Thursday, 11 November 2010

REVIEW - The Pedophile's Guide to Love and Pleasure [Kindle Edition] by Phillip R Greaves

I saw a link to a protest group on Facebook against this book.  Having seen all kinds of intemperate rage against its very existence, and imagining that I'm some kind of fair minded bloke, I decided to download a copy and read it before judging it for myself.

The author is a paedophile (British spelling, I'm British).  Hold your horses and put down your stones: we abhor his view, but as intelligent and rational people we defend to the death his right to express it.  Don't we?  Well, let's see.

He begins by claiming no intention to promote or excuse sexual congress between adults and minors, then goes on precisely to do just that.  I will spare readers much of the detail, but some is necessary to make the point.

He asserts that paedophiles "care for and befriend their young lovers" and "always" put them first.  This denies basic human nature and requires us to believe that paedophiles never succumb to the enormous temptation to go further than their partners wish.  As other adults sometimes cross this line, in the heat of passion, why expect us to believe that paedophiles don't.

He asserts that paedophiles "never practice intercourse with juveniles under thirteen".  From the testimony of adults I know, and have known, this is plainly and verifiably false.

He claims that a paedophile "becomes child-like with respect to its juvenile partner" and "enters into an equality of personhood with its young friend".  But ignores the fact that the juvenile still sees a fully mature and powerful adult, not an equal child.

He then claims that "these realities place pedosexuals firmly among humanity's most considerate and solicitous lovers".

At this point, I could read no more.

Immature children have no equality with fully mature, powerful adults whom children are disposed to look to for authority, judgement, protection and nurture.  Such children are not lovers, but victims - victims of adults who abuse their position of authority and trust.  Most of us begin our sexual lives by fumbling and experimenting with those who are as inept and inexperienced as we are.  We make silly mistakes and so do our partners.  We say no, we say maybe, we push the boundaries, we pull back, we go forward.  With an equal partner, at an age when we can deal with the emotional storm which rages, we feel our way to sexual maturity.

With a powerful adult, with a mature sexual appetite, deceiving themselves perhaps that the child is equally empowered, we lose the ability to say "no", we are taken advantage of and become victimised.  As we doubt ourselves, our choices, our limits of self, fearful of raging conflicted feelings, and maybe fearful of future sexual encounters, our lives are poorer to the temporary satisfaction of the paedophile.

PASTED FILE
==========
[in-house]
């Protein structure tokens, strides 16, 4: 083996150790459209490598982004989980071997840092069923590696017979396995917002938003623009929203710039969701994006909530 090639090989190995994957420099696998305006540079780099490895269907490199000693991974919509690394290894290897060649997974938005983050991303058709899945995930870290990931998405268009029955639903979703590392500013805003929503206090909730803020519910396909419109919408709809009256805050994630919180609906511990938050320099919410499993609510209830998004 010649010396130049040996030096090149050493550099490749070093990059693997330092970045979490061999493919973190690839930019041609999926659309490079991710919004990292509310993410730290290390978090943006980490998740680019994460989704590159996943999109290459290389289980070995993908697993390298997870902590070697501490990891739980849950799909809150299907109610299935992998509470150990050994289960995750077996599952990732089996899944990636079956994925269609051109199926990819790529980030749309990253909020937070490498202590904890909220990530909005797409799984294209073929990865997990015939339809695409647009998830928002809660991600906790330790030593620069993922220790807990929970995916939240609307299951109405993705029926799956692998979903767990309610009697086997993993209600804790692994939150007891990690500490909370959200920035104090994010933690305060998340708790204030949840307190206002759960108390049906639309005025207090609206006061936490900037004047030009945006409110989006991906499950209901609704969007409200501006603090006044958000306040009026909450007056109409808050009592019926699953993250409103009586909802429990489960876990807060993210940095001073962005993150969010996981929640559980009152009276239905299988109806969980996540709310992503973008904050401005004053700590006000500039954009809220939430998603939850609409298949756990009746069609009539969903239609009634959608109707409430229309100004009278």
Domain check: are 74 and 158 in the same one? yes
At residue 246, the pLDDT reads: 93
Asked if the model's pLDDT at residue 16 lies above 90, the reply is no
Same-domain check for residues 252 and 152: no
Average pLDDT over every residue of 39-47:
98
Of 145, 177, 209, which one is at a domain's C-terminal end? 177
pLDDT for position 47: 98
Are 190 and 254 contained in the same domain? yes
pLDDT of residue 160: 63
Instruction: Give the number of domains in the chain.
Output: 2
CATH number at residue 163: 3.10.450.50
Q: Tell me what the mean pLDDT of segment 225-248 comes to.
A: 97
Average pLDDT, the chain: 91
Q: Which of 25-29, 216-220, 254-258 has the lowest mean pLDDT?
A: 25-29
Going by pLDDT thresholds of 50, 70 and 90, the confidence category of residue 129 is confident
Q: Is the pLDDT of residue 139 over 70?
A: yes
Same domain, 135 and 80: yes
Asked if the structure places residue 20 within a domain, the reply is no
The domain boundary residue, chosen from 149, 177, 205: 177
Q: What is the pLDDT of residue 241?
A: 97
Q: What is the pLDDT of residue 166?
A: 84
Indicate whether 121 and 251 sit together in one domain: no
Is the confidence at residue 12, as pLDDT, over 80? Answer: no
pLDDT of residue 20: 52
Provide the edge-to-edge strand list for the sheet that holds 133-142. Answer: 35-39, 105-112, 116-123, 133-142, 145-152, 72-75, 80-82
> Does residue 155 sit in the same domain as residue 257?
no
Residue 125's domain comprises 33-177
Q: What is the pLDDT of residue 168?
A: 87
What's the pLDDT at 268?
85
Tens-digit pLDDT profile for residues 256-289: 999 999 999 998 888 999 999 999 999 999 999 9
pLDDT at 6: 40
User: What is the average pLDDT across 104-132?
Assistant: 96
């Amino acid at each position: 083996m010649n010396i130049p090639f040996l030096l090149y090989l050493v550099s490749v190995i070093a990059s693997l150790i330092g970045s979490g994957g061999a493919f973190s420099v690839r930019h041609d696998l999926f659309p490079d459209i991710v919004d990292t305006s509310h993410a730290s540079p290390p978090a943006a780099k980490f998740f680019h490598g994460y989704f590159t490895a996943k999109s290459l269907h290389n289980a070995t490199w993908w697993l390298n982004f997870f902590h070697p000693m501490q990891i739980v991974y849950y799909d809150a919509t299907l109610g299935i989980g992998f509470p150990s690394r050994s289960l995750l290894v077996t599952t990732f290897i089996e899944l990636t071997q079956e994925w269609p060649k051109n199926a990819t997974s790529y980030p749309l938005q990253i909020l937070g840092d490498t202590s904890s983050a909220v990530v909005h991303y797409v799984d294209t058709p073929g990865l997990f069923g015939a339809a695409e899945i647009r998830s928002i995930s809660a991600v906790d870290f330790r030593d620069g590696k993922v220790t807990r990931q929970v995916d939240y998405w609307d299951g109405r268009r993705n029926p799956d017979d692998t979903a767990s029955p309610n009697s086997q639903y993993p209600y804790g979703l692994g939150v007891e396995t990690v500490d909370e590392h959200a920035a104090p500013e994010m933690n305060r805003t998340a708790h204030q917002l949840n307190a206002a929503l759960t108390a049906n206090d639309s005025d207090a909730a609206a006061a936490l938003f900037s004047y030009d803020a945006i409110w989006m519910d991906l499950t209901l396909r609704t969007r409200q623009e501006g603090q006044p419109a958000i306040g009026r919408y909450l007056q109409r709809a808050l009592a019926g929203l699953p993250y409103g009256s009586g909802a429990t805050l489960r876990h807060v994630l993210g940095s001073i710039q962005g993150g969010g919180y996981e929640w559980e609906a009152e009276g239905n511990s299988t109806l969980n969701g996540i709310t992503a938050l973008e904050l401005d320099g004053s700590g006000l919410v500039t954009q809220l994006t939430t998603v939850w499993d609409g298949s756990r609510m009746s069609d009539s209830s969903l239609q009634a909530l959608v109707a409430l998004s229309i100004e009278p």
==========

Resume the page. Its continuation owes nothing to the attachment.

The author misses the point entirely.  He fails to comprehend the harm of under-age sex, particularly with adults.  He fails to appreciate why such activity is illegal in most advanced societies.  He therefore promotes his tastes as though they were harmless.  Not only is this book distasteful to those who understand the fragility of young minds, it is arguably illegal in a number of jurisdictions where it may be judged to incite, or conspire to promote, criminal behaviour.

I'm joining the group!  And I'm quite happy to justify precisely why I'm joining the group, on an informed basis.

If you'd like to view or join the group, you can find it at


  1. Billy
    Thank you for a reasoned statement. While the subject is distasteful, uncritical hysteria doesn't help matters.

    I think there is a problem, in that adult people who abuse children are to _some_ extent blind to their actions; nevertheless, I believe that we all have a fundamental sense of what is right and what is not right, and whenever we are confused about this, we should err on the side of doing what is right (including - but not limited to - not hurting others).

    Naturally, the whole matter is complex (which is why we need always to be informed and make use of our critical faculties), but this complexity is no justification for selfish actions.

  2. Alistair,

    Thanks for the comment. The basis for the material I read is that the author sees nothing wrong with his actions, and is indeed blind to the harm they cause. This is why we need legal sanctions in place.


  3. Hi.
    I wanted to read this book since it was released a few years ago to see by my self if the book need the censorship it recived, but i cant find anywhere a copy of the book to download, can you help me with this pleas? where can i find this book to download?

  4. Hi Severick, The only place I found it was Amazon and they have since suspended it. When I had read enough, which was before the end of the first chapter as I recall, I deleted all trace of the material from my computer. So sorry, I have no idea where you could obtain a copy, and frankly if I did, my conscience would prohibit me from assisting you. Billy.